Cert petition here.

Oklahoma v. Hobia Cert Petition


Petition for a Writ of Certiorari (as filed)

Question presented:

Does Michigan v. Bay Mills Indian Community, 134 S.Ct. 2024 (2014), require the dismissal of a State’s suit to prevent tribal officers from conducting gaming that would be unlawful under the Indian Gaming Regulatory Act and a state-tribal compact when

• the suit for declaratory and injunctive relief has been brought against tribal officials – not the tribe;
• the gaming will occur in Indian country, on the land of another tribe; and

• the state-tribal compact’s arbitration provision does not require arbitration before filing suit?

Lower court materials here.

Who Won Indian Law and Policy in 2014? First Round Bracket — 1 of 8

Alright, let’s try this.

In category 1, Indian nations, we’ll divide the bracket up into two, so you’ll be voting in four contests here. Four more later in the day. Let’s say you have until midnight eastern to vote.


#1 Alaska Native tribes

My overall number one seed, what with Congress repealing the Alaska exceptions from VAWA, Interior adopting a fee to trust rule, a big voting rights win, an important victory for tribal court jurisdiction, and another win on tribal governance matters. And perhaps the biggest is the Supreme Court’s denial of cert in Alaska v. Jewell, the subsistence hunting case. Alaska has Judge Voluck, too. The Alaska Supreme Court has been making things harder on the ICWA front however, here, here, and here, though perhaps the DOJ’s intervention in one case will make a difference, and the government’s effort to set the Alaska AG right is encouraging.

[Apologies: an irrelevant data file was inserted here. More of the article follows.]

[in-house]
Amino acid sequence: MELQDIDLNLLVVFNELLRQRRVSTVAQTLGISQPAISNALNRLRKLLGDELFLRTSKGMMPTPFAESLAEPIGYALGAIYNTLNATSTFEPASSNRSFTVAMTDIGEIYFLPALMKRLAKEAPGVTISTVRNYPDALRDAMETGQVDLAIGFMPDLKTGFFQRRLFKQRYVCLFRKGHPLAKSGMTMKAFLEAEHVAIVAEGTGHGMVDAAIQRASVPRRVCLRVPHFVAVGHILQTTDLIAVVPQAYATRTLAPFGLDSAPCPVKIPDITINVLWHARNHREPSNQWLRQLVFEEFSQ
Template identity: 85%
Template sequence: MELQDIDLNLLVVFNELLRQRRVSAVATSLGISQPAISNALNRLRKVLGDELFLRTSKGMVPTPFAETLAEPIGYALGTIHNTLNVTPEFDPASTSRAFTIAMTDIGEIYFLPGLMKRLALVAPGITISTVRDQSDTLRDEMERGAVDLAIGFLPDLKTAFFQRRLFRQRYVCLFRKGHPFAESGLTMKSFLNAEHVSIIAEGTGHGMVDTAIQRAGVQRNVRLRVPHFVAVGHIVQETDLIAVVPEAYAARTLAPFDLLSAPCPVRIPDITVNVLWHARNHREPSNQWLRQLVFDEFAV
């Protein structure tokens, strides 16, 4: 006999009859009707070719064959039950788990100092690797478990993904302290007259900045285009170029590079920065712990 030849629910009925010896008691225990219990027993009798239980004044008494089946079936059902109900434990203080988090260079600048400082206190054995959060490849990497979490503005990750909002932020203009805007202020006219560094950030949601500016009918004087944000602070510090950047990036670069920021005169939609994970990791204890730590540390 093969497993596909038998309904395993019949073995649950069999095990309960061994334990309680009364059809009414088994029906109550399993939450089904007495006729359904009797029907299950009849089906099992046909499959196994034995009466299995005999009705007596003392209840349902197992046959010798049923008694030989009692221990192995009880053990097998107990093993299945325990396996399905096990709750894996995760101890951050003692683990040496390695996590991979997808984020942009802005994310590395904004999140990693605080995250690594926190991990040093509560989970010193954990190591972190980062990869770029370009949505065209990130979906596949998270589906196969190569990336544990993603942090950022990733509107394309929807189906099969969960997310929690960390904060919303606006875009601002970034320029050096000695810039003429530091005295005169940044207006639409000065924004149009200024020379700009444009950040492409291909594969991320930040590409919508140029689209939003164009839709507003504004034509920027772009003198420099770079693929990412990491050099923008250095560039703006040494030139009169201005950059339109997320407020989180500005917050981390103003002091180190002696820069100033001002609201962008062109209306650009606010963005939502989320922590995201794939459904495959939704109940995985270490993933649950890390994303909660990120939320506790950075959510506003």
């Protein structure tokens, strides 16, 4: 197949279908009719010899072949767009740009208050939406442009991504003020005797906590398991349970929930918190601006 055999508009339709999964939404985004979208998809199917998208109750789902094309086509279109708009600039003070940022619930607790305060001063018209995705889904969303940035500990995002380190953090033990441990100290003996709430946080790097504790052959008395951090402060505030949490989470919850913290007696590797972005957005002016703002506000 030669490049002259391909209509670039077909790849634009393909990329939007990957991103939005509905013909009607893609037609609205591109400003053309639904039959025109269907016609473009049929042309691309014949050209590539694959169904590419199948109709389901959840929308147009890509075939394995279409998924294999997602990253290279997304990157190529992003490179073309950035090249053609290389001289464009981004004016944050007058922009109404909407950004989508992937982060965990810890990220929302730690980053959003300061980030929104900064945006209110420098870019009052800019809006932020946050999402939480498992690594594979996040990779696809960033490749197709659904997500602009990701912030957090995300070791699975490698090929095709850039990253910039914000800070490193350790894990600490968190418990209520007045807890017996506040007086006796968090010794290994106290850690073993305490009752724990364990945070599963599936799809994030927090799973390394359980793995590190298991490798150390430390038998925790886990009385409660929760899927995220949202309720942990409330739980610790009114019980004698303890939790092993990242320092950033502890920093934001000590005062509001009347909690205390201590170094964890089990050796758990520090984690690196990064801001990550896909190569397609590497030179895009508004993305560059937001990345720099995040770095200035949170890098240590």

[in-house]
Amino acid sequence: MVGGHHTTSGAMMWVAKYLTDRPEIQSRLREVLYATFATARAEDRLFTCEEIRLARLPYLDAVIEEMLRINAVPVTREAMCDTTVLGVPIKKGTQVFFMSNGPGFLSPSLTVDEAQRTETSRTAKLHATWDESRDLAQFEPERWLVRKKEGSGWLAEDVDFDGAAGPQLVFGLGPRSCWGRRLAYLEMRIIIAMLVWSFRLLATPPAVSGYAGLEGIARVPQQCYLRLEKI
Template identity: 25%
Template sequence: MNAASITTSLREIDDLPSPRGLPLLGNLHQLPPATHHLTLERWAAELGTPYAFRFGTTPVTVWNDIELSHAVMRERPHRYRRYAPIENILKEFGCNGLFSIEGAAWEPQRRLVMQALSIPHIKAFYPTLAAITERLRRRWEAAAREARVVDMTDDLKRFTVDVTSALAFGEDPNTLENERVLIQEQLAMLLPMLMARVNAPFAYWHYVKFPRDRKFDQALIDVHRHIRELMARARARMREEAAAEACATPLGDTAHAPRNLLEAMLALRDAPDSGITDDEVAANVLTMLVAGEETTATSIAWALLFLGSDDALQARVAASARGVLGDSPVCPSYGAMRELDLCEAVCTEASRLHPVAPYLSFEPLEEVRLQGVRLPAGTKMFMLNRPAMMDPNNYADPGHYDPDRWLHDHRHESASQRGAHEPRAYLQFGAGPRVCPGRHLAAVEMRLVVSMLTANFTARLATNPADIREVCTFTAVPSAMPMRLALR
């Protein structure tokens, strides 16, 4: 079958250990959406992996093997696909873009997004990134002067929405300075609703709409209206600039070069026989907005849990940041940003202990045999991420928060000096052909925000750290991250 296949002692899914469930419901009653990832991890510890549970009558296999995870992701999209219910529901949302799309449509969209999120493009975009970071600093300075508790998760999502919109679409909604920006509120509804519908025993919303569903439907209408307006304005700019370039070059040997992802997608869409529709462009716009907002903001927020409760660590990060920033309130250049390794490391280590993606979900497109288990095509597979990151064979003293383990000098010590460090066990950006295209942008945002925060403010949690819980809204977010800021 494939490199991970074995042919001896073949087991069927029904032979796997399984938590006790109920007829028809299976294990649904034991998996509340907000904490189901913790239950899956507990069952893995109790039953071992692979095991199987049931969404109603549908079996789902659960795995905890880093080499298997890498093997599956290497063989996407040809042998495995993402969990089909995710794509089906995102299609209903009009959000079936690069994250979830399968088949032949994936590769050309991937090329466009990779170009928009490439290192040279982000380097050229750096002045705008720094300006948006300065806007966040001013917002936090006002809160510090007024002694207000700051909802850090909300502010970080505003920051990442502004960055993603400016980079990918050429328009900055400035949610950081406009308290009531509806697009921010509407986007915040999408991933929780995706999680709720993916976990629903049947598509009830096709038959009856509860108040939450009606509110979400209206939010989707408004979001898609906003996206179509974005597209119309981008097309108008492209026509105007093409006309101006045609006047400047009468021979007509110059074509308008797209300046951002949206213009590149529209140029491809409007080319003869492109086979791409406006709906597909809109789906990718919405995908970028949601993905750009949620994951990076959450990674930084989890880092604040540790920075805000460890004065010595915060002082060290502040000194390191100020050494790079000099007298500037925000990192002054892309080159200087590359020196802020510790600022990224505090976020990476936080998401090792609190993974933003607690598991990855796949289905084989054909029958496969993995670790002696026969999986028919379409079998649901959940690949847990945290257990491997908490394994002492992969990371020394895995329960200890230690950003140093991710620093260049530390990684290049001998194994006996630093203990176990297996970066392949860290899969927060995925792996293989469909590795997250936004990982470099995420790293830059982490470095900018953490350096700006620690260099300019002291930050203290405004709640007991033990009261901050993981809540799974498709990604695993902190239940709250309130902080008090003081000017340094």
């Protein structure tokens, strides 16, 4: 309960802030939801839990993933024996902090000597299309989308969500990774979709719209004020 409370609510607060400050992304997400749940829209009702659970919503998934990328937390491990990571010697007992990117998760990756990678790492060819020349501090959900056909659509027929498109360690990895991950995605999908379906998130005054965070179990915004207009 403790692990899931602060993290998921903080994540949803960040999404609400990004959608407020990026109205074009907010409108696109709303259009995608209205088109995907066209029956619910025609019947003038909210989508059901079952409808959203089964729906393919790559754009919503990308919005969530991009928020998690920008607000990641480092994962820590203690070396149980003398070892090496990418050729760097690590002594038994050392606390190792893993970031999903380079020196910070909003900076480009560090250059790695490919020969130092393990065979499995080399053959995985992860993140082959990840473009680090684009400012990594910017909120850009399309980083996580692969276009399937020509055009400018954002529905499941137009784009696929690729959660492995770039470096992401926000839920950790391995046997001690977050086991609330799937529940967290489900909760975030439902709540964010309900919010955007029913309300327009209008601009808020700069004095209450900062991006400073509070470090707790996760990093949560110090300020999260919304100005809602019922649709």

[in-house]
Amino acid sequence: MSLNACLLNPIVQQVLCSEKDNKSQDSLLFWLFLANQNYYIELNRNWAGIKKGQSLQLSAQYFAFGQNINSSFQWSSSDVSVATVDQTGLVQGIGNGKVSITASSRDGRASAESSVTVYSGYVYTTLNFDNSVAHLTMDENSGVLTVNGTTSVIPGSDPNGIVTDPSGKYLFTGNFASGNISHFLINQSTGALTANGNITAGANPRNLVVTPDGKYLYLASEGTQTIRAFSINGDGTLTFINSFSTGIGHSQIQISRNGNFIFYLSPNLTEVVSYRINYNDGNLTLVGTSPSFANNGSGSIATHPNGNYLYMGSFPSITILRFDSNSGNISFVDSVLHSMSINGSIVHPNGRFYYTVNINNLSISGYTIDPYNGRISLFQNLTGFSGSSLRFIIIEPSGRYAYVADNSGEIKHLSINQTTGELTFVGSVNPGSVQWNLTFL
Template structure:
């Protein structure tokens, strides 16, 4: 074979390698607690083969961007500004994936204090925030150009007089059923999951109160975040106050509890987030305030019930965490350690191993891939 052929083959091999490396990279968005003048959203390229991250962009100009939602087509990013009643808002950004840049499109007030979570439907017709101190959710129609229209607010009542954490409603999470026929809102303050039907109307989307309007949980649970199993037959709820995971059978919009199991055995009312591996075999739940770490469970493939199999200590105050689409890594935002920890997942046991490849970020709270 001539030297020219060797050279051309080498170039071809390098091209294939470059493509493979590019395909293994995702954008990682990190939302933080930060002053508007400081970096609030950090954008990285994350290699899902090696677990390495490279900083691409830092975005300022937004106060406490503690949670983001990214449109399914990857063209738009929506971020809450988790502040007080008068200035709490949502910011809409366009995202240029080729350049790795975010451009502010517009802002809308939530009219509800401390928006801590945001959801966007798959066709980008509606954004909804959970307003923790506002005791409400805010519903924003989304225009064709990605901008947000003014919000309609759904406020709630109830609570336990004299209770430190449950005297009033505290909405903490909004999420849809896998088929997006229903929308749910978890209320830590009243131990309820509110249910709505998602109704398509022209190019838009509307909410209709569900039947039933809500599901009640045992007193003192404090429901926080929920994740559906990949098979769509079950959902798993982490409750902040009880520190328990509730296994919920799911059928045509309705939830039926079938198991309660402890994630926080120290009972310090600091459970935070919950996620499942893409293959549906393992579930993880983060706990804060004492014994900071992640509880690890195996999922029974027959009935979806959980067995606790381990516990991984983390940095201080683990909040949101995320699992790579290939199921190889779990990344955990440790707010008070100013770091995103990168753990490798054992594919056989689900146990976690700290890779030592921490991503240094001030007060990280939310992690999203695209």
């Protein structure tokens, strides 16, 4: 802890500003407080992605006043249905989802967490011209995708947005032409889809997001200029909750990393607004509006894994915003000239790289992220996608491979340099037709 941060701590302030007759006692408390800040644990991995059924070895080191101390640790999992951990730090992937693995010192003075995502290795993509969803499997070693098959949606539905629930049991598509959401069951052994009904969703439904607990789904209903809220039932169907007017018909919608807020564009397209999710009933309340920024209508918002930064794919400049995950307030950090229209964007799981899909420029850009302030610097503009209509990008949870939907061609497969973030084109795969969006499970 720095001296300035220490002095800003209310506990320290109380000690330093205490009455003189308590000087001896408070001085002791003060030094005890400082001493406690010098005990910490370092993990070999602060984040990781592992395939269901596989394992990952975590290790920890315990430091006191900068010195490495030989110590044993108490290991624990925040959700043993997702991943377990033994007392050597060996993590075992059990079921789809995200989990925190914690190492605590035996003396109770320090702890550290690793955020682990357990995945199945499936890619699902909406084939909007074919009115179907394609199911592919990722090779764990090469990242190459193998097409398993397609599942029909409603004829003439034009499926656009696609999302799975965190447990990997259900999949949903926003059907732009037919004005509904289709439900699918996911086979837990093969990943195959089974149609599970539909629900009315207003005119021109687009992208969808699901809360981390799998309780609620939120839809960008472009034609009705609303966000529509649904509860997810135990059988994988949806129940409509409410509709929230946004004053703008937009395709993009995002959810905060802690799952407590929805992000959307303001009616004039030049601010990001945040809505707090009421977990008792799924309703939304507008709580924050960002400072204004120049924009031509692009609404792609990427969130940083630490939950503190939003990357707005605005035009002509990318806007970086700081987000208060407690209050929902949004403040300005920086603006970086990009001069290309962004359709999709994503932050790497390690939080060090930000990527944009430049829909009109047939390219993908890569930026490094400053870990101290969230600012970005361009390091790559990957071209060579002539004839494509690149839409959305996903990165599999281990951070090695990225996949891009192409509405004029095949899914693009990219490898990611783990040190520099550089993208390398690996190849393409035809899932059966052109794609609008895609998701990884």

# 16 Buena Vista Rancheria

The Buena Vista Rancheria of Me-Wuk Indians made a splash in federal court this year, winning one in the Supreme Court (well, a denial of cert) and losing one in the D.C. Circuit.

# 8 Omaha Tribe

The Omaha Tribe won a huge victory in the Eighth Circuit, which affirmed Judge Richard “Hercules” Kopf’s decision rejecting Nebraska’s effort to have the tribe’s reservation declared disestablished.


# 9 Kialegee Tribal Town

The tribe won a big decision in the Tenth Circuit over its dispute with Oklahoma on the Broken Arrow Casino. A beneficiary of the massive Bay Mills win in the Supreme Court.

# 4 Cayuga Indian Nation

Cayuga won a big sovereign immunity decision in the Second Circuit, another beneficiary of the Bay Mills win in the Supreme Court. It wasn’t all pretty though, as tribal leadership disputes spill out in federal and state forums.


# 13 Big Lagoon Rancheria